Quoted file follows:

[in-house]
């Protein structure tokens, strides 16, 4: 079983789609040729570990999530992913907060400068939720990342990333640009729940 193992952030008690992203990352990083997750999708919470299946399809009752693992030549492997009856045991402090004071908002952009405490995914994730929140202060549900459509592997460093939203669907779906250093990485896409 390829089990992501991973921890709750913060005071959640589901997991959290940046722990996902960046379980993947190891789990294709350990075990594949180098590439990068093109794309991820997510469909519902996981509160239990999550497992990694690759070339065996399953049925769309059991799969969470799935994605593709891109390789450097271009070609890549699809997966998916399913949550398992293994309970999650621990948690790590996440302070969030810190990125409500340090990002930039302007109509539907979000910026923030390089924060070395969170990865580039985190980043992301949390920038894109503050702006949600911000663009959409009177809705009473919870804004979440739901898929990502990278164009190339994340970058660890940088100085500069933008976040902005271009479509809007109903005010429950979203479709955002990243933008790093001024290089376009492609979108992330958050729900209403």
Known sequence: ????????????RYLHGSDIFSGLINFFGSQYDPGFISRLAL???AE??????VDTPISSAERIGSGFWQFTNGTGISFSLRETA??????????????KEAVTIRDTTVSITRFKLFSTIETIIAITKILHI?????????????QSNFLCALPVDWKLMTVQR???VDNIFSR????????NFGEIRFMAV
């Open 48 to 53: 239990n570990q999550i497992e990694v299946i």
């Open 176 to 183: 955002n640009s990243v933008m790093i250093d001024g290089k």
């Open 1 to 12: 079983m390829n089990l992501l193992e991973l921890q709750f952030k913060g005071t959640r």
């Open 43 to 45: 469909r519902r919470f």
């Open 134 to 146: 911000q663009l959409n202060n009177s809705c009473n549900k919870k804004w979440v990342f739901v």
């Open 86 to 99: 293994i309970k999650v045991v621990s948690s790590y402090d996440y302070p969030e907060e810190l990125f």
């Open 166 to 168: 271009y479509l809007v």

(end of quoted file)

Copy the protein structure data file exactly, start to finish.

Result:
[in-house]
């Protein structure tokens, strides 16, 4: 079983789609040729570990999530992913907060400068939720990342990333640009729940 193992952030008690992203990352990083997750999708919470299946399809009752693992030549492997009856045991402090004071908002952009405490995914994730929140202060549900459509592997460093939203669907779906250093990485896409 390829089990992501991973921890709750913060005071959640589901997991959290940046722990996902960046379980993947190891789990294709350990075990594949180098590439990068093109794309991820997510469909519902996981509160239990999550497992990694690759070339065996399953049925769309059991799969969470799935994605593709891109390789450097271009070609890549699809997966998916399913949550398992293994309970999650621990948690790590996440302070969030810190990125409500340090990002930039302007109509539907979000910026923030390089924060070395969170990865580039985190980043992301949390920038894109503050702006949600911000663009959409009177809705009473919870804004979440739901898929990502990278164009190339994340970058660890940088100085500069933008976040902005271009479509809007109903005010429950979203479709955002990243933008790093001024290089376009492609979108992330958050729900209403």
Known sequence: ????????????RYLHGSDIFSGLINFFGSQYDPGFISRLAL???AE??????VDTPISSAERIGSGFWQFTNGTGISFSLRETA??????????????KEAVTIRDTTVSITRFKLFSTIETIIAITKILHI?????????????QSNFLCALPVDWKLMTVQR???VDNIFSR????????NFGEIRFMAV
């Open 48 to 53: 239990n570990q999550i497992e990694v299946i």
């Open 176 to 183: 955002n640009s990243v933008m790093i250093d001024g290089k």
């Open 1 to 12: 079983m390829n089990l992501l193992e991973l921890q709750f952030k913060g005071t959640r």
């Open 43 to 45: 469909r519902r919470f």
């Open 134 to 146: 911000q663009l959409n202060n009177s809705c009473n549900k919870k804004w979440v990342f739901v």
């Open 86 to 99: 293994i309970k999650v045991v621990s948690s790590y402090d996440y302070p969030e907060e810190l990125f």
């Open 166 to 168: 271009y479509l809007v």